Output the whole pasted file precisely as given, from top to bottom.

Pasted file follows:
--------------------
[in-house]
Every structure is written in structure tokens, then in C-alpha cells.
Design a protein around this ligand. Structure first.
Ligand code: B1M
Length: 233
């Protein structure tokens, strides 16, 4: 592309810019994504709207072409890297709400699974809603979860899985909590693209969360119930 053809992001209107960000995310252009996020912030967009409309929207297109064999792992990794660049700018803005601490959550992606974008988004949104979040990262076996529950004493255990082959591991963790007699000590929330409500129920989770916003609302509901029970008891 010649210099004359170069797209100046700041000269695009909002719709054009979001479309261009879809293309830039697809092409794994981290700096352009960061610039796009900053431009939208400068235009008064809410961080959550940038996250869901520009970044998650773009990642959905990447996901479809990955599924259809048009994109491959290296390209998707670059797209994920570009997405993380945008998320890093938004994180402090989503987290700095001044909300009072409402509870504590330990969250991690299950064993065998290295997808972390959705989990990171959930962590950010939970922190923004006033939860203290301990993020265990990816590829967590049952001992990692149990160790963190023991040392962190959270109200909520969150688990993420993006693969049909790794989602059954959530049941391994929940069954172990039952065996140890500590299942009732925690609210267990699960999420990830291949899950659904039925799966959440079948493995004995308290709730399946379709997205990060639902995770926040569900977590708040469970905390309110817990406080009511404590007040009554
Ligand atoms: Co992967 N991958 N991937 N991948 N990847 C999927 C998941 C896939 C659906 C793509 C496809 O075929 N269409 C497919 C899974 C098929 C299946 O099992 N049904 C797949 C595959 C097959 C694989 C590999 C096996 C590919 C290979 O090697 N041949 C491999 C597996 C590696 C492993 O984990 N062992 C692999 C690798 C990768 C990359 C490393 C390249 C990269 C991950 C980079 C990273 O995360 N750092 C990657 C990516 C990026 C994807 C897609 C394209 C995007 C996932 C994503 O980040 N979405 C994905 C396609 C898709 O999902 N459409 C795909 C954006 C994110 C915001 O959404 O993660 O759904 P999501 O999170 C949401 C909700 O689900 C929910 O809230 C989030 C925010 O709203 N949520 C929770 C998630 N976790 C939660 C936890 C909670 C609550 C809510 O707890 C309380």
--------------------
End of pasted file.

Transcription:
[in-house]
Every structure is written in structure tokens, then in C-alpha cells.
Design a protein around this ligand. Structure first.
Ligand code: B1M
Length: 233
């Protein structure tokens, strides 16, 4: 592309810019994504709207072409890297709400699974809603979860899985909590693209969360119930 053809992001209107960000995310252009996020912030967009409309929207297109064999792992990794660049700018803005601490959550992606974008988004949104979040990262076996529950004493255990082959591991963790007699000590929330409500129920989770916003609302509901029970008891 010649210099004359170069797209100046700041000269695009909002719709054009979001479309261009879809293309830039697809092409794994981290700096352009960061610039796009900053431009939208400068235009008064809410961080959550940038996250869901520009970044998650773009990642959905990447996901479809990955599924259809048009994109491959290296390209998707670059797209994920570009997405993380945008998320890093938004994180402090989503987290700095001044909300009072409402509870504590330990969250991690299950064993065998290295997808972390959705989990990171959930962590950010939970922190923004006033939860203290301990993020265990990816590829967590049952001992990692149990160790963190023991040392962190959270109200909520969150688990993420993006693969049909790794989602059954959530049941391994929940069954172990039952065996140890500590299942009732925690609210267990699960999420990830291949899950659904039925799966959440079948493995004995308290709730399946379709997205990060639902995770926040569900977590708040469970905390309110817990406080009511404590007040009554
Ligand atoms: Co992967 N991958 N991937 N991948 N990847 C999927 C998941 C896939 C659906 C793509 C496809 O075929 N269409 C497919 C899974 C098929 C299946 O099992 N049904 C797949 C595959 C097959 C694989 C590999 C096996 C590919 C290979 O090697 N041949 C491999 C597996 C590696 C492993 O984990 N062992 C692999 C690798 C990768 C990359 C490393 C390249 C990269 C991950 C980079 C990273 O995360 N750092 C990657 C990516 C990026 C994807 C897609 C394209 C995007 C996932 C994503 O980040 N979405 C994905 C396609 C898709 O999902 N459409 C795909 C954006 C994110 C915001 O959404 O993660 O759904 P999501 O999170 C949401 C909700 O689900 C929910 O809230 C989030 C925010 O709203 N949520 C929770 C998630 N976790 C939660 C936890 C909670 C609550 C809510 O707890 C309380």